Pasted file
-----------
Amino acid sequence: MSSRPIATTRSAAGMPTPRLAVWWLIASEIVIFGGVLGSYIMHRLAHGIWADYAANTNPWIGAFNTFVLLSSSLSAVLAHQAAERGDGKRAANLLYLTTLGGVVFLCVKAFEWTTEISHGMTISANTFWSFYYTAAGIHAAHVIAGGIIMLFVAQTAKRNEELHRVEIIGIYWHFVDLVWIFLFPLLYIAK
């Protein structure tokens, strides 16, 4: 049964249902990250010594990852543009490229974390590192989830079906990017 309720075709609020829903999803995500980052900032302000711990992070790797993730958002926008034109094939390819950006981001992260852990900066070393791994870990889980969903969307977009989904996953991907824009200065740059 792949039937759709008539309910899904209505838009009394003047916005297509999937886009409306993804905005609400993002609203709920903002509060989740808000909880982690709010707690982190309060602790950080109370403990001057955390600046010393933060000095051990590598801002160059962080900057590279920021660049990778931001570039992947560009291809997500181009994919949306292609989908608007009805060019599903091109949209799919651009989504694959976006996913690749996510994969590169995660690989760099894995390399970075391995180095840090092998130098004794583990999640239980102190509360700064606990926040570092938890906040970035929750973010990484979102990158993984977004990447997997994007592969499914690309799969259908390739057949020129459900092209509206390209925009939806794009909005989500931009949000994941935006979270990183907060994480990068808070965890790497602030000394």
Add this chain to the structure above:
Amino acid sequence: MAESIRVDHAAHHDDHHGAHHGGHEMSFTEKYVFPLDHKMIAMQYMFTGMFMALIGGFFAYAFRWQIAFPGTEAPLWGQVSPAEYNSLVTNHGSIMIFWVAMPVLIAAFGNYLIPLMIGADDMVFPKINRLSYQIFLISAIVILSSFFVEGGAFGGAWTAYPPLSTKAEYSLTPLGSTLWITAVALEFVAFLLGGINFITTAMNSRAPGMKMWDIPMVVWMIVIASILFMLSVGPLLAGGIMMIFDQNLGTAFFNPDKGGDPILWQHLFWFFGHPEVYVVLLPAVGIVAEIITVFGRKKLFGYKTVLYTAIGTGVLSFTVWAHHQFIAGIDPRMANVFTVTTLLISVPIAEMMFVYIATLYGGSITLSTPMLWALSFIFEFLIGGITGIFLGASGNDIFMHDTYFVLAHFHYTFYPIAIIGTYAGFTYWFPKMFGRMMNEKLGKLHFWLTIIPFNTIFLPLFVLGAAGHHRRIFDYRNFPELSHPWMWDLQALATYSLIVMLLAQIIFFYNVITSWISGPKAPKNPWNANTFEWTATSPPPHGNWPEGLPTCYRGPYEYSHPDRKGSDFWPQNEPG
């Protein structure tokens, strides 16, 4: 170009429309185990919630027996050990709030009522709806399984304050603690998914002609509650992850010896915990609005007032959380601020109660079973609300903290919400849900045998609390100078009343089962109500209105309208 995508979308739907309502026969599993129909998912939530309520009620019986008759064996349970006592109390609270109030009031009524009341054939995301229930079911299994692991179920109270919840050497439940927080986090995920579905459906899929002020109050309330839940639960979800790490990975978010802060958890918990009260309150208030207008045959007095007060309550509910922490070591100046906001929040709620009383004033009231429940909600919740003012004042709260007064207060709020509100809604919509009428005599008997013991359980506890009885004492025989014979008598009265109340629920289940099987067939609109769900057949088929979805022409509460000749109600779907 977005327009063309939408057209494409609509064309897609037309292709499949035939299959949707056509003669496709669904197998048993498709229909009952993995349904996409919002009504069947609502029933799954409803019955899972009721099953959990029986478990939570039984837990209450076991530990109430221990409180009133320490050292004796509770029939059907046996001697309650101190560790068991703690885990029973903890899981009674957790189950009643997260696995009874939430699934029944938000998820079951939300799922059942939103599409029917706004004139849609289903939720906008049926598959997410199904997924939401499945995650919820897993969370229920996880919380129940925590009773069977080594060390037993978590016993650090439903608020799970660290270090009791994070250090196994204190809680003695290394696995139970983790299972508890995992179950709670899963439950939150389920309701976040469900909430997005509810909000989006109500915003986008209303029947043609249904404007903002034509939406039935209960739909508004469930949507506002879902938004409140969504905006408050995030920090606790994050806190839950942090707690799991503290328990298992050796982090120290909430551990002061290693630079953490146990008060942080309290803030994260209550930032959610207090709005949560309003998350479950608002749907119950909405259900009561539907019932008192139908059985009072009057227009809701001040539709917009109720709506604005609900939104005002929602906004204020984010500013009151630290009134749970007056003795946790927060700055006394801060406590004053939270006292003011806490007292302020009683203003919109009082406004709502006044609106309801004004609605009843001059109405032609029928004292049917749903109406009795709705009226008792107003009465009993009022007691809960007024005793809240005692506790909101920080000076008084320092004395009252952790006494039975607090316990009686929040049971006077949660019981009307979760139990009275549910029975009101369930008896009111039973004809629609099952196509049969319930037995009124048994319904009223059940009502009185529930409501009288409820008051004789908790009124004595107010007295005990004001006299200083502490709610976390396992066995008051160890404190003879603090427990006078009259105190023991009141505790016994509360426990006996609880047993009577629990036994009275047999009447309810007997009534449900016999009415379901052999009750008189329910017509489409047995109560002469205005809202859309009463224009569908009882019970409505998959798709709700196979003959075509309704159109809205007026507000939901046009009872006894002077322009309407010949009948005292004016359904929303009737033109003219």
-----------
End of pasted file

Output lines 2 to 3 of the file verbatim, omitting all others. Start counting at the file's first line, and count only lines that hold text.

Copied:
């Protein structure tokens, strides 16, 4: 049964249902990250010594990852543009490229974390590192989830079906990017 309720075709609020829903999803995500980052900032302000711990992070790797993730958002926008034109094939390819950006981001992260852990900066070393791994870990889980969903969307977009989904996953991907824009200065740059 792949039937759709008539309910899904209505838009009394003047916005297509999937886009409306993804905005609400993002609203709920903002509060989740808000909880982690709010707690982190309060602790950080109370403990001057955390600046010393933060000095051990590598801002160059962080900057590279920021660049990778931001570039992947560009291809997500181009994919949306292609989908608007009805060019599903091109949209799919651009989504694959976006996913690749996510994969590169995660690989760099894995390399970075391995180095840090092998130098004794583990999640239980102190509360700064606990926040570092938890906040970035929750973010990484979102990158993984977004990447997997994007592969499914690309799969259908390739057949020129459900092209509206390209925009939806794009909005989500931009949000994941935006979270990183907060994480990068808070965890790497602030000394």
Add this chain to the structure above: